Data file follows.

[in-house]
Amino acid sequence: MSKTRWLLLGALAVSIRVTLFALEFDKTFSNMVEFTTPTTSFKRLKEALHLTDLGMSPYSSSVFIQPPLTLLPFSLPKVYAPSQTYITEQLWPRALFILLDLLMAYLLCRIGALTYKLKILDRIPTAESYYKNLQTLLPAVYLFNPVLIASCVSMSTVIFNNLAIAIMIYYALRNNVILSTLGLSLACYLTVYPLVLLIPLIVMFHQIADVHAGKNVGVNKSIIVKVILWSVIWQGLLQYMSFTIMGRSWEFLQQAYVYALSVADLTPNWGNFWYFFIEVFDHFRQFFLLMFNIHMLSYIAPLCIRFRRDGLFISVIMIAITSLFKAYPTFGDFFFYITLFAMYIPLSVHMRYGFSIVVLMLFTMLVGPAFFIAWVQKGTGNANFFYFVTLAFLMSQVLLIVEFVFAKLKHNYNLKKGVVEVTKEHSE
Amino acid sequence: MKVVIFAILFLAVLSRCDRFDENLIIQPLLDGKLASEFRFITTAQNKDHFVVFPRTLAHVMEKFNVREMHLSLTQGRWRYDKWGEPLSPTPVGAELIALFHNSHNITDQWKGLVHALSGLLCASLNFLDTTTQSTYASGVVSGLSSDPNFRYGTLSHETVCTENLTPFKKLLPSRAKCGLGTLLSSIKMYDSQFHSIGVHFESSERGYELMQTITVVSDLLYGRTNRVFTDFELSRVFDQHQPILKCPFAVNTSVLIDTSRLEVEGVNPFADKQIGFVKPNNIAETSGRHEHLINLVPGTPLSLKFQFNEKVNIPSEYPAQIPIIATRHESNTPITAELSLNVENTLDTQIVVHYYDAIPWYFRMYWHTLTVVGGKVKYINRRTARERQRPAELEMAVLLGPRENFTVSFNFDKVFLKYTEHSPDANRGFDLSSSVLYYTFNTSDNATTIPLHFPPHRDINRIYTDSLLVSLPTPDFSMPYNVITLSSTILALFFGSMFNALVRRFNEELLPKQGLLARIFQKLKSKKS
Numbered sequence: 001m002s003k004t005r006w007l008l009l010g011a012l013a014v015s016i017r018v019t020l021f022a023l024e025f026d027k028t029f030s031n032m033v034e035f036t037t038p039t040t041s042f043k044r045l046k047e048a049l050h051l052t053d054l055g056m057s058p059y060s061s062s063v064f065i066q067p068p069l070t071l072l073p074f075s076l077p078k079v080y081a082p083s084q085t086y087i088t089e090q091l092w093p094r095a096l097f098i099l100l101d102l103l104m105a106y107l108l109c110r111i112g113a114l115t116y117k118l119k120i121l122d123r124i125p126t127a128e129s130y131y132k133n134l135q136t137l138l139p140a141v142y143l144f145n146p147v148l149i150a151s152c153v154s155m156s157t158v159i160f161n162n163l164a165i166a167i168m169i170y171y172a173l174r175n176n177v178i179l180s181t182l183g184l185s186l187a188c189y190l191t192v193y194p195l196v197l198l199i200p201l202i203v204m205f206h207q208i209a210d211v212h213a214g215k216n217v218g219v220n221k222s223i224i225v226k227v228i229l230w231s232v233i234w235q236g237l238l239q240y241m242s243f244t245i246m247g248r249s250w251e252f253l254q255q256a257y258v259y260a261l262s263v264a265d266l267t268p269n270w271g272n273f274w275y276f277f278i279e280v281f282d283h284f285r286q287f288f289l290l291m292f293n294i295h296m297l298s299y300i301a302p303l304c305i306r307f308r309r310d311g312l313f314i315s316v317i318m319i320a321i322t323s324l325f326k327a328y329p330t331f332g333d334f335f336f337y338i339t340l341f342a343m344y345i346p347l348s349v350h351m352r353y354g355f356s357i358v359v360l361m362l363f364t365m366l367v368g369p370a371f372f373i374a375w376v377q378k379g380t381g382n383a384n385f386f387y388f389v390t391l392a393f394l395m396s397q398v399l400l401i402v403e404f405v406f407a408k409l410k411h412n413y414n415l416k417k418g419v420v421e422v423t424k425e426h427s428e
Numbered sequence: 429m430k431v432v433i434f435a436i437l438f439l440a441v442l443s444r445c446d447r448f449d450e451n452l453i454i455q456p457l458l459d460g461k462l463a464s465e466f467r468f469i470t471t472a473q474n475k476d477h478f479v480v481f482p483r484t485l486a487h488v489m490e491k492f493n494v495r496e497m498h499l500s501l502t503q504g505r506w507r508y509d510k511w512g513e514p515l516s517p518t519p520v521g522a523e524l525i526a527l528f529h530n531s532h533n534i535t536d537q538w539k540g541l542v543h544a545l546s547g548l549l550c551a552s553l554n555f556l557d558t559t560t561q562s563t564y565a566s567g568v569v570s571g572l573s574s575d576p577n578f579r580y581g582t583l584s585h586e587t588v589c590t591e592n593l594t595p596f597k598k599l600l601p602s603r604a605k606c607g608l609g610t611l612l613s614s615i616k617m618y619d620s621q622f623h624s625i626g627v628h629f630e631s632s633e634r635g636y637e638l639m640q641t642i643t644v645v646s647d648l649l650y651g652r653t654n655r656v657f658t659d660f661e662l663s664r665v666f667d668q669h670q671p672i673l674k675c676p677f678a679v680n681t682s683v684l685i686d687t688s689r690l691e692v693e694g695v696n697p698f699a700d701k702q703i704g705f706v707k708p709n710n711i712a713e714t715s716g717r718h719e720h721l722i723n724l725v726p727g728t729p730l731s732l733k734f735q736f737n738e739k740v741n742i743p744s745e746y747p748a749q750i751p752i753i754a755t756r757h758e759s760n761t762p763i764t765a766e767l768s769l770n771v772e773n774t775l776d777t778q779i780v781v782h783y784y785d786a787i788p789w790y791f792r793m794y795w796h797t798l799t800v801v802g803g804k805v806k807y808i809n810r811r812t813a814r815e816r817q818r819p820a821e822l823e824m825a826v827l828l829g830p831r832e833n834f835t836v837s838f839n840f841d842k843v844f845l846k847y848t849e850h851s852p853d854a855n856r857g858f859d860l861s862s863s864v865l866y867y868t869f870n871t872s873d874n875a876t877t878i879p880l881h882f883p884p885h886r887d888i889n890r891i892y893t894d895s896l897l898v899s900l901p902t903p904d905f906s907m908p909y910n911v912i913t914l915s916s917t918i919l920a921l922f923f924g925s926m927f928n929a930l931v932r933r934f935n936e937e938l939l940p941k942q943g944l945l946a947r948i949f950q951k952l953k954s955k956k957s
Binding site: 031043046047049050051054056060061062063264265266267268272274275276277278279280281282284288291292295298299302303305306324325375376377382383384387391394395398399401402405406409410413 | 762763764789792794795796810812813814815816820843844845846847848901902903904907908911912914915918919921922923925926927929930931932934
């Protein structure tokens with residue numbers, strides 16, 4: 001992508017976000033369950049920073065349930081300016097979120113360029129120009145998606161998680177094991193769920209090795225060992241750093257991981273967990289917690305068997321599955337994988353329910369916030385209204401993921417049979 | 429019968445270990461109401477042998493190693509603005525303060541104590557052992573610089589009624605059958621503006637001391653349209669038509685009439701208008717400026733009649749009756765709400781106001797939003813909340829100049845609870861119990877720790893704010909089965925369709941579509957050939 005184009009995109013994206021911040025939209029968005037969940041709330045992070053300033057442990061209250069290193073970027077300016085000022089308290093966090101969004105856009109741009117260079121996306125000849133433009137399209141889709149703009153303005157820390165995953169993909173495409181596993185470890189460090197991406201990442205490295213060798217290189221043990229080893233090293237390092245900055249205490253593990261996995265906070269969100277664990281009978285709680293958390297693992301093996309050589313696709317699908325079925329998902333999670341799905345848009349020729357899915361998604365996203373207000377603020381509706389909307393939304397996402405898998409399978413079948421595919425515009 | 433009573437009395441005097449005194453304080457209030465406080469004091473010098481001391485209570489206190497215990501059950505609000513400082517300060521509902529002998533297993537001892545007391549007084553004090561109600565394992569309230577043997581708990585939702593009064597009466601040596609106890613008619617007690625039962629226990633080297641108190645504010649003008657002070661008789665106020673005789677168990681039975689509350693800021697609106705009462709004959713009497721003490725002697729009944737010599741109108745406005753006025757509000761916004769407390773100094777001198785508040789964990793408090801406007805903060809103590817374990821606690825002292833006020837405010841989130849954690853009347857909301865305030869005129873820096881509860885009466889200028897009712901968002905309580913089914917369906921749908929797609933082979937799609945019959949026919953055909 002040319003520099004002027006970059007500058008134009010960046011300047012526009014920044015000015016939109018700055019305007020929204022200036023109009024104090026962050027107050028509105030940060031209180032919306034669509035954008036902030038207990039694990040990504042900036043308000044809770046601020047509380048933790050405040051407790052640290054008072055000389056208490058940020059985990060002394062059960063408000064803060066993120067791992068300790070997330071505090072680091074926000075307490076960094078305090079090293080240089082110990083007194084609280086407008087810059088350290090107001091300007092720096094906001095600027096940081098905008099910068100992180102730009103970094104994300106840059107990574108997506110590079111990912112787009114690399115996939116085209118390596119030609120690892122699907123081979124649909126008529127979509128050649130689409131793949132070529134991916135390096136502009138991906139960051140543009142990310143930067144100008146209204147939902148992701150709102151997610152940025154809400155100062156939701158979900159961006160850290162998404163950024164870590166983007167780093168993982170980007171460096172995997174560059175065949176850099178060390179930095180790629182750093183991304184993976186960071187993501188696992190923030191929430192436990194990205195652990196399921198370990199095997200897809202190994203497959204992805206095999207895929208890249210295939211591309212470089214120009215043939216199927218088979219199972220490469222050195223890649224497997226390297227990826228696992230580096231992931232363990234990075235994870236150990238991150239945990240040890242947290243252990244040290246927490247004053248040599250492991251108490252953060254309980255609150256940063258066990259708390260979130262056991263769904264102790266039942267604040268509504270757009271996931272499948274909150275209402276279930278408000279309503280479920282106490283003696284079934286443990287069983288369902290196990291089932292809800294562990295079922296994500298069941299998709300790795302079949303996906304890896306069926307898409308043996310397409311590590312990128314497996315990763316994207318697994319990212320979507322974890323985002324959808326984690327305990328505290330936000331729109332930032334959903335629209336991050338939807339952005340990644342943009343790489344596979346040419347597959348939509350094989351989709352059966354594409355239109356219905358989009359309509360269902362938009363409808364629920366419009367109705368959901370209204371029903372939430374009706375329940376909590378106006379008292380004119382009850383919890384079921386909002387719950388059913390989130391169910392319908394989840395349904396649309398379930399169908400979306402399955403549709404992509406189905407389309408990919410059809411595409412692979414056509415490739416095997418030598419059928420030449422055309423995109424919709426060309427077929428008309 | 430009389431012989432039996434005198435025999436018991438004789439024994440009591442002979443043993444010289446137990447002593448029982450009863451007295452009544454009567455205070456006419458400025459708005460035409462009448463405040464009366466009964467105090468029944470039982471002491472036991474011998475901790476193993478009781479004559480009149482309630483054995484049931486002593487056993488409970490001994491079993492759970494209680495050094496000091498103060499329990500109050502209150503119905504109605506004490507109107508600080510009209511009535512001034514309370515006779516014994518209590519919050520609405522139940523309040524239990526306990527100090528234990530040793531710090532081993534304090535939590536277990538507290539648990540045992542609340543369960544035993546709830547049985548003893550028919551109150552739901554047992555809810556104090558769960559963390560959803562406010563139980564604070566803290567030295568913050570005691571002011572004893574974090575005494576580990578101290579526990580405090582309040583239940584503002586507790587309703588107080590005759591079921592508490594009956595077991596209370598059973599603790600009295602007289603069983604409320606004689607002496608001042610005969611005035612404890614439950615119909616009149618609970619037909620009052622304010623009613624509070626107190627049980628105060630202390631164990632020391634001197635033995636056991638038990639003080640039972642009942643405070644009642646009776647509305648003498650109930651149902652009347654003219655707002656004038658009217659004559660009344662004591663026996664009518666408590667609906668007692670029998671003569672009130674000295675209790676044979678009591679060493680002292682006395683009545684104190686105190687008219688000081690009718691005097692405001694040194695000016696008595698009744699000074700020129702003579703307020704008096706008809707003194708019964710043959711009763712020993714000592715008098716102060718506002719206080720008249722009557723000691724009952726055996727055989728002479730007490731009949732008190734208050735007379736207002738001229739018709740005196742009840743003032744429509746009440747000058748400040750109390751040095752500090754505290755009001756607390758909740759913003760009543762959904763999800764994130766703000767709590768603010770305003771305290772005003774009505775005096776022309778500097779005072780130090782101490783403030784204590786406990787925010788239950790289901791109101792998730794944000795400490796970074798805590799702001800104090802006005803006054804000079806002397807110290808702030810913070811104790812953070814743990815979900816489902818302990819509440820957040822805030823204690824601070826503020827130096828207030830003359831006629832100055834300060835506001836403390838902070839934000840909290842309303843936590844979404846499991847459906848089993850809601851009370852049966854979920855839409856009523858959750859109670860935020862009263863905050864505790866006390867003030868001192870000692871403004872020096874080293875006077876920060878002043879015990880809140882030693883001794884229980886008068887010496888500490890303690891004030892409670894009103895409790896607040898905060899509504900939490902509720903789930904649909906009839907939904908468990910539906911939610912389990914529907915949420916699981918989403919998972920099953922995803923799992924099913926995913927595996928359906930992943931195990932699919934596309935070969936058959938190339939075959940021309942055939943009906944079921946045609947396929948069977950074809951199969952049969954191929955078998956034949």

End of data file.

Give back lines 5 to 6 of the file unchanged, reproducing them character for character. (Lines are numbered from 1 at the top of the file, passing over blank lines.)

Numbered sequence: 429m430k431v432v433i434f435a436i437l438f439l440a441v442l443s444r445c446d447r448f449d450e451n452l453i454i455q456p457l458l459d460g461k462l463a464s465e466f467r468f469i470t471t472a473q474n475k476d477h478f479v480v481f482p483r484t485l486a487h488v489m490e491k492f493n494v495r496e497m498h499l500s501l502t503q504g505r506w507r508y509d510k511w512g513e514p515l516s517p518t519p520v521g522a523e524l525i526a527l528f529h530n531s532h533n534i535t536d537q538w539k540g541l542v543h544a545l546s547g548l549l550c551a552s553l554n555f556l557d558t559t560t561q562s563t564y565a566s567g568v569v570s571g572l573s574s575d576p577n578f579r580y581g582t583l584s585h586e587t588v589c590t591e592n593l594t595p596f597k598k599l600l601p602s603r604a605k606c607g608l609g610t611l612l613s614s615i616k617m618y619d620s621q622f623h624s625i626g627v628h629f630e631s632s633e634r635g636y637e638l639m640q641t642i643t644v645v646s647d648l649l650y651g652r653t654n655r656v657f658t659d660f661e662l663s664r665v666f667d668q669h670q671p672i673l674k675c676p677f678a679v680n681t682s683v684l685i686d687t688s689r690l691e692v693e694g695v696n697p698f699a700d701k702q703i704g705f706v707k708p709n710n711i712a713e714t715s716g717r718h719e720h721l722i723n724l725v726p727g728t729p730l731s732l733k734f735q736f737n738e739k740v741n742i743p744s745e746y747p748a749q750i751p752i753i754a755t756r757h758e759s760n761t762p763i764t765a766e767l768s769l770n771v772e773n774t775l776d777t778q779i780v781v782h783y784y785d786a787i788p789w790y791f792r793m794y795w796h797t798l799t800v801v802g803g804k805v806k807y808i809n810r811r812t813a814r815e816r817q818r819p820a821e822l823e824m825a826v827l828l829g830p831r832e833n834f835t836v837s838f839n840f841d842k843v844f845l846k847y848t849e850h851s852p853d854a855n856r857g858f859d860l861s862s863s864v865l866y867y868t869f870n871t872s873d874n875a876t877t878i879p880l881h882f883p884p885h886r887d888i889n890r891i892y893t894d895s896l897l898v899s900l901p902t903p904d905f906s907m908p909y910n911v912i913t914l915s916s917t918i919l920a921l922f923f924g925s926m927f928n929a930l931v932r933r934f935n936e937e938l939l940p941k942q943g944l945l946a947r948i949f950q951k952l953k954s955k956k957s
Binding site: 031043046047049050051054056060061062063264265266267268272274275276277278279280281282284288291292295298299302303305306324325375376377382383384387391394395398399401402405406409410413 | 762763764789792794795796810812813814815816820843844845846847848901902903904907908911912914915918919921922923925926927929930931932934